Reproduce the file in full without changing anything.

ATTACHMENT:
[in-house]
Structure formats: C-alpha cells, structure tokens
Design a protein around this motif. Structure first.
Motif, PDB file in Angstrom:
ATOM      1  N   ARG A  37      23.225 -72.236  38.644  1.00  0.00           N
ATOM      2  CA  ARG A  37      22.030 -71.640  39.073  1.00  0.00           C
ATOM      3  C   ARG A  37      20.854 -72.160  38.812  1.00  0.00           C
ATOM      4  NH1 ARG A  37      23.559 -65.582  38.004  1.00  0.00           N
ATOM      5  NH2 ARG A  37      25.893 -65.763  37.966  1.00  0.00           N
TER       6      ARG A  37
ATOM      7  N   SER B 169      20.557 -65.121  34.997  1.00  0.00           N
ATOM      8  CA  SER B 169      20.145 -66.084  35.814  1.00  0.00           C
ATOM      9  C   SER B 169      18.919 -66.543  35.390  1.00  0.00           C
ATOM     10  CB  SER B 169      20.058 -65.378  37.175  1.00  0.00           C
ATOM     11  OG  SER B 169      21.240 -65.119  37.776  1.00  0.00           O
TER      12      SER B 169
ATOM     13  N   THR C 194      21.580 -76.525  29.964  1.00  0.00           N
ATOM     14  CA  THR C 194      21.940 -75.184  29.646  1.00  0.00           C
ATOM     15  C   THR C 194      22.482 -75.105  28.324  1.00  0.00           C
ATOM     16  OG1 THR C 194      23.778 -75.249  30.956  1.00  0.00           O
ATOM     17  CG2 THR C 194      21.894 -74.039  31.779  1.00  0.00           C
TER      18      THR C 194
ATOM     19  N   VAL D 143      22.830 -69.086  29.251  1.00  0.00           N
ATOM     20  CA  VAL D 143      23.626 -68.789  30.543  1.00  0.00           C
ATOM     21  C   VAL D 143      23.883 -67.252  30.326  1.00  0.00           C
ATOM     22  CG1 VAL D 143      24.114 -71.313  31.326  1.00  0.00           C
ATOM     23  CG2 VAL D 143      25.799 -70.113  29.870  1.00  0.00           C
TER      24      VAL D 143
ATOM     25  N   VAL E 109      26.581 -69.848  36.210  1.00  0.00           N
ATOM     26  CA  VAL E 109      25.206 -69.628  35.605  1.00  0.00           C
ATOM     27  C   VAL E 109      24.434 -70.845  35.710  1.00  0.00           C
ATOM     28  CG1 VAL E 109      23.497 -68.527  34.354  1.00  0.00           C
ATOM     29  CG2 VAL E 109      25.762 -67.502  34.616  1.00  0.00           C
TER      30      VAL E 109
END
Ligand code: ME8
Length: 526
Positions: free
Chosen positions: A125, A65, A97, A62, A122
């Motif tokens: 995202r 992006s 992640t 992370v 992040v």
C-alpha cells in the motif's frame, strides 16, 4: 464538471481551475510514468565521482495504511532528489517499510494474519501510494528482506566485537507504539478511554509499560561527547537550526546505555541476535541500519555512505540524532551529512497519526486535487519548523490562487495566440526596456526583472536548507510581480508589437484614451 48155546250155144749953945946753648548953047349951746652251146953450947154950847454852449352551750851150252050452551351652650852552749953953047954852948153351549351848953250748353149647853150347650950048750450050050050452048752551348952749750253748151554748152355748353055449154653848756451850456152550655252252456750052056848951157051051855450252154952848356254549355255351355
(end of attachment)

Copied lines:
[in-house]
Structure formats: C-alpha cells, structure tokens
Design a protein around this motif. Structure first.
Motif, PDB file in Angstrom:
ATOM      1  N   ARG A  37      23.225 -72.236  38.644  1.00  0.00           N
ATOM      2  CA  ARG A  37      22.030 -71.640  39.073  1.00  0.00           C
ATOM      3  C   ARG A  37      20.854 -72.160  38.812  1.00  0.00           C
ATOM      4  NH1 ARG A  37      23.559 -65.582  38.004  1.00  0.00           N
ATOM      5  NH2 ARG A  37      25.893 -65.763  37.966  1.00  0.00           N
TER       6      ARG A  37
ATOM      7  N   SER B 169      20.557 -65.121  34.997  1.00  0.00           N
ATOM      8  CA  SER B 169      20.145 -66.084  35.814  1.00  0.00           C
ATOM      9  C   SER B 169      18.919 -66.543  35.390  1.00  0.00           C
ATOM     10  CB  SER B 169      20.058 -65.378  37.175  1.00  0.00           C
ATOM     11  OG  SER B 169      21.240 -65.119  37.776  1.00  0.00           O
TER      12      SER B 169
ATOM     13  N   THR C 194      21.580 -76.525  29.964  1.00  0.00           N
ATOM     14  CA  THR C 194      21.940 -75.184  29.646  1.00  0.00           C
ATOM     15  C   THR C 194      22.482 -75.105  28.324  1.00  0.00           C
ATOM     16  OG1 THR C 194      23.778 -75.249  30.956  1.00  0.00           O
ATOM     17  CG2 THR C 194      21.894 -74.039  31.779  1.00  0.00           C
TER      18      THR C 194
ATOM     19  N   VAL D 143      22.830 -69.086  29.251  1.00  0.00           N
ATOM     20  CA  VAL D 143      23.626 -68.789  30.543  1.00  0.00           C
ATOM     21  C   VAL D 143      23.883 -67.252  30.326  1.00  0.00           C
ATOM     22  CG1 VAL D 143      24.114 -71.313  31.326  1.00  0.00           C
ATOM     23  CG2 VAL D 143      25.799 -70.113  29.870  1.00  0.00           C
TER      24      VAL D 143
ATOM     25  N   VAL E 109      26.581 -69.848  36.210  1.00  0.00           N
ATOM     26  CA  VAL E 109      25.206 -69.628  35.605  1.00  0.00           C
ATOM     27  C   VAL E 109      24.434 -70.845  35.710  1.00  0.00           C
ATOM     28  CG1 VAL E 109      23.497 -68.527  34.354  1.00  0.00           C
ATOM     29  CG2 VAL E 109      25.762 -67.502  34.616  1.00  0.00           C
TER      30      VAL E 109
END
Ligand code: ME8
Length: 526
Positions: free
Chosen positions: A125, A65, A97, A62, A122
């Motif tokens: 995202r 992006s 992640t 992370v 992040v």
C-alpha cells in the motif's frame, strides 16, 4: 464538471481551475510514468565521482495504511532528489517499510494474519501510494528482506566485537507504539478511554509499560561527547537550526546505555541476535541500519555512505540524532551529512497519526486535487519548523490562487495566440526596456526583472536548507510581480508589437484614451 48155546250155144749953945946753648548953047349951746652251146953450947154950847454852449352551750851150252050452551351652650852552749953953047954852948153351549351848953250748353149647853150347650950048750450050050050452048752551348952749750253748151554748152355748353055449154653848756451850456152550655252252456750052056848951157051051855450252154952848356254549355255351355